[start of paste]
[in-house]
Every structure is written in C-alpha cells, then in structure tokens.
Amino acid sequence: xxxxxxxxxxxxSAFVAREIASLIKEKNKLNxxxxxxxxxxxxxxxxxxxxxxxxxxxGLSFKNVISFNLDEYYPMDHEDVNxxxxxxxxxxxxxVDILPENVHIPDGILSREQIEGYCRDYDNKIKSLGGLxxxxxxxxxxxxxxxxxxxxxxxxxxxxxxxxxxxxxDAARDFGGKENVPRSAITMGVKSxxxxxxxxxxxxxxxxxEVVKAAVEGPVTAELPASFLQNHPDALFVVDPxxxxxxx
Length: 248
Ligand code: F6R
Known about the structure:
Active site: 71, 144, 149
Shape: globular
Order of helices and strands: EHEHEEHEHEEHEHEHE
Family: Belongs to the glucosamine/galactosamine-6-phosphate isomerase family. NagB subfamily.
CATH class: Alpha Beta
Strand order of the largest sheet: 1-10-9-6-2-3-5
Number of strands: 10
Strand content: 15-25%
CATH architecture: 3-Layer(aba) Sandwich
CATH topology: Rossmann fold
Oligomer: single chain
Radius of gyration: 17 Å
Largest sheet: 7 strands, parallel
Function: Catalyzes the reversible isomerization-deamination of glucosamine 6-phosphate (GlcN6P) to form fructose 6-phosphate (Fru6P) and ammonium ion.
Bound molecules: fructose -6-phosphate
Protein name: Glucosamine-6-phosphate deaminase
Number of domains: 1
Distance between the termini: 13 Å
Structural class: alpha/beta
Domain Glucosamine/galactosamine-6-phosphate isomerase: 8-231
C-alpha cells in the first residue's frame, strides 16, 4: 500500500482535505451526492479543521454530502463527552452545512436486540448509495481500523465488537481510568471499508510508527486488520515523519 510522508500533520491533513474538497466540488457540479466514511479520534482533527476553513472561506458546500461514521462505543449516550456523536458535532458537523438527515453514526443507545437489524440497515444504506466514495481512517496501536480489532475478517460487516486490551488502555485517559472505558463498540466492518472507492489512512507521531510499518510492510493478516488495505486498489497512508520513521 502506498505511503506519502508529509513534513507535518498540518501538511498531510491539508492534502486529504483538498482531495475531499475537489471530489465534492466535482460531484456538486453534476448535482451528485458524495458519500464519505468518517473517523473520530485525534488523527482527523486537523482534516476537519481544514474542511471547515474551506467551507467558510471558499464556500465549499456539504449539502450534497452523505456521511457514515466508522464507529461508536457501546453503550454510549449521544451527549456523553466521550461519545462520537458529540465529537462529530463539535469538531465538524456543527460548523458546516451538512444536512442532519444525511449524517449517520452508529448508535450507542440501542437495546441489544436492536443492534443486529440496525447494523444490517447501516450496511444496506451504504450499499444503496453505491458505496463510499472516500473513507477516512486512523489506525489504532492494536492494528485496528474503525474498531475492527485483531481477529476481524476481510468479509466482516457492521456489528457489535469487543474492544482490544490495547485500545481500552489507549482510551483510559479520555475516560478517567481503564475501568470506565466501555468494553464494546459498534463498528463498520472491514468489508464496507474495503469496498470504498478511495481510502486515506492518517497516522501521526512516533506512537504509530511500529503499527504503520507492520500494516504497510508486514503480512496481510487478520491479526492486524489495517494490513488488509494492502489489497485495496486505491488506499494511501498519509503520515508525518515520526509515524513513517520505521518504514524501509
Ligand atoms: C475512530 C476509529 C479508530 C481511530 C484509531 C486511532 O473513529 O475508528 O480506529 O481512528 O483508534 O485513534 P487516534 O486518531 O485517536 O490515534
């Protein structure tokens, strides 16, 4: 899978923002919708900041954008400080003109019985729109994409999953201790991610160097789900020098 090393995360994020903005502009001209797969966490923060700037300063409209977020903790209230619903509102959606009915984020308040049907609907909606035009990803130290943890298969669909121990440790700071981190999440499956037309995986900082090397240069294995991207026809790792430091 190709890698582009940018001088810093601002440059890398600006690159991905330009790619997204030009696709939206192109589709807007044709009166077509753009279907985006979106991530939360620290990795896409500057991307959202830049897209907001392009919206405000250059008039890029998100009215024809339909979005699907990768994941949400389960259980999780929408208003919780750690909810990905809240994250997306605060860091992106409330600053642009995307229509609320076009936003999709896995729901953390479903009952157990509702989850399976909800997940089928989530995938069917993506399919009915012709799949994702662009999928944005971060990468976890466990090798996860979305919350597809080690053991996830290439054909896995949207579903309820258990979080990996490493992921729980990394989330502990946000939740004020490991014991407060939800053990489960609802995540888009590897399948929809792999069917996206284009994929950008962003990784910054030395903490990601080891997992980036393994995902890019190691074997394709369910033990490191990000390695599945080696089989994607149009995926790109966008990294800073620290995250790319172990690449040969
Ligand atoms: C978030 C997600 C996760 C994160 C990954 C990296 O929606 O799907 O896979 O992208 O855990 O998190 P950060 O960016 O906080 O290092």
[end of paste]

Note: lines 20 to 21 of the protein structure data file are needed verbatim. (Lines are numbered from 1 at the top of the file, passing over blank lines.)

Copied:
Function: Catalyzes the reversible isomerization-deamination of glucosamine 6-phosphate (GlcN6P) to form fructose 6-phosphate (Fru6P) and ammonium ion.
Bound molecules: fructose -6-phosphate